The Last Time All Humans Were on Earth Together Was Almost Two Decades Ago

The Last Time All Humans Were on Earth Together Was Almost Two Decades Ago

Since November 2, at least two people have always stayed aboard the International Space Station, which means that there has never been any moment in the past 20 years when all humans were on Earth at the same time.

On October 31, 2000, a Russian Soyuz space shuttle lifted off from the now-iconic Baikonur cosmodrome in Kazakhstan with three astronauts onboard. Two days later, on November 2, the shuttle docked itself to the then-largely-basic contraption of platforms and experiment quarters orbiting Earth at about 400 kilometres above our surface. Thus started a chain of constant human presence aboard the International Space Station (ISS), and as a result, there has never been a single moment in the past two decades when all of mankind were all present on Earth. While this isn’t something that we would generally be thinking of in the overall sense, such a statistic puts into perspective the advancement that mankind has made in space exploration.

With the 20th anniversary of the ISS approaching, it is interesting to understand all that has been achieved in our mobile home out in space. The Space Station has expanded into more than just a couple of American and Russian experiment quarters, and now carries a robust range of research apparatus as well as living quarters. The ISS has also recently played host to the first private commercial space shuttle in history, when the SpaceX Crew Dragon docked at ISS’ Harmony port on May 31. Over time, it has played a defining role in space research, with the eventual, long-term goal of understanding the effects of long term spaceflight on humans.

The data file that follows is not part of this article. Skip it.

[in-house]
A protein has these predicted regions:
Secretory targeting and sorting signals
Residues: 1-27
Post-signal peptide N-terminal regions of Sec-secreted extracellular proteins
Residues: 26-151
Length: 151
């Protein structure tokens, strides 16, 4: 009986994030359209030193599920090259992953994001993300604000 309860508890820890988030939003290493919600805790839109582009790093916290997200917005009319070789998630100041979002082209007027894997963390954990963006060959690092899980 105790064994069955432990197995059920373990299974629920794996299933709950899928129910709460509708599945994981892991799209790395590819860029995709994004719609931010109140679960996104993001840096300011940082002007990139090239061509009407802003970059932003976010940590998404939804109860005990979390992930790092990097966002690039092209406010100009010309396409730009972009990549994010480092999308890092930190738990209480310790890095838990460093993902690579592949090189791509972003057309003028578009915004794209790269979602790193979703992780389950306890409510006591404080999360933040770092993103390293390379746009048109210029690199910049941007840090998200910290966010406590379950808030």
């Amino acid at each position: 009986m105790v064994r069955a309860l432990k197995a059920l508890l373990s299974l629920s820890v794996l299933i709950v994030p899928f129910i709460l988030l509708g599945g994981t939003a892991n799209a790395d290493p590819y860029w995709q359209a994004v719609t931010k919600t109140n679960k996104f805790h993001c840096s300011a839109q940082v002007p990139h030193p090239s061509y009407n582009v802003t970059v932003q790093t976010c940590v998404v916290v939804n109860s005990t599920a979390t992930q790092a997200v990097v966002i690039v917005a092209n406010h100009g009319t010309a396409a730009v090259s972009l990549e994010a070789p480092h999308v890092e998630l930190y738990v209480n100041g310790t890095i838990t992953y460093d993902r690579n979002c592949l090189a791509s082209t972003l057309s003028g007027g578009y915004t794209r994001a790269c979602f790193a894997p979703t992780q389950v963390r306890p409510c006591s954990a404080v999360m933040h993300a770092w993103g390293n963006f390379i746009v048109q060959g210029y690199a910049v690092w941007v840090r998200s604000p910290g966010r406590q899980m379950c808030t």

The ISS has played host to some of the biggest, pioneering astronauts such as NASA’s Christina Koch and Scott Kelly, who spent close to a year each aboard the ISS. It has contributed to crucial research projects. Some of them have included finding a cure for Parkinson’s Disease, growing tissue chips in space to understand the impact on skin and organs that the hostile space environment can have, and also growing seeds to understand cultivation in microgravity conditions.

While Earth’s population is close to touching 7.6 billion, it would appear so that over the past two decades, mankind has always been short of at least two people, in terms of humans on Earth. These select, highly trained and specially qualified individuals have been at the cutting edge of space research, with the key objective of one day allowing humans to adapt and adjust to life on another planet.

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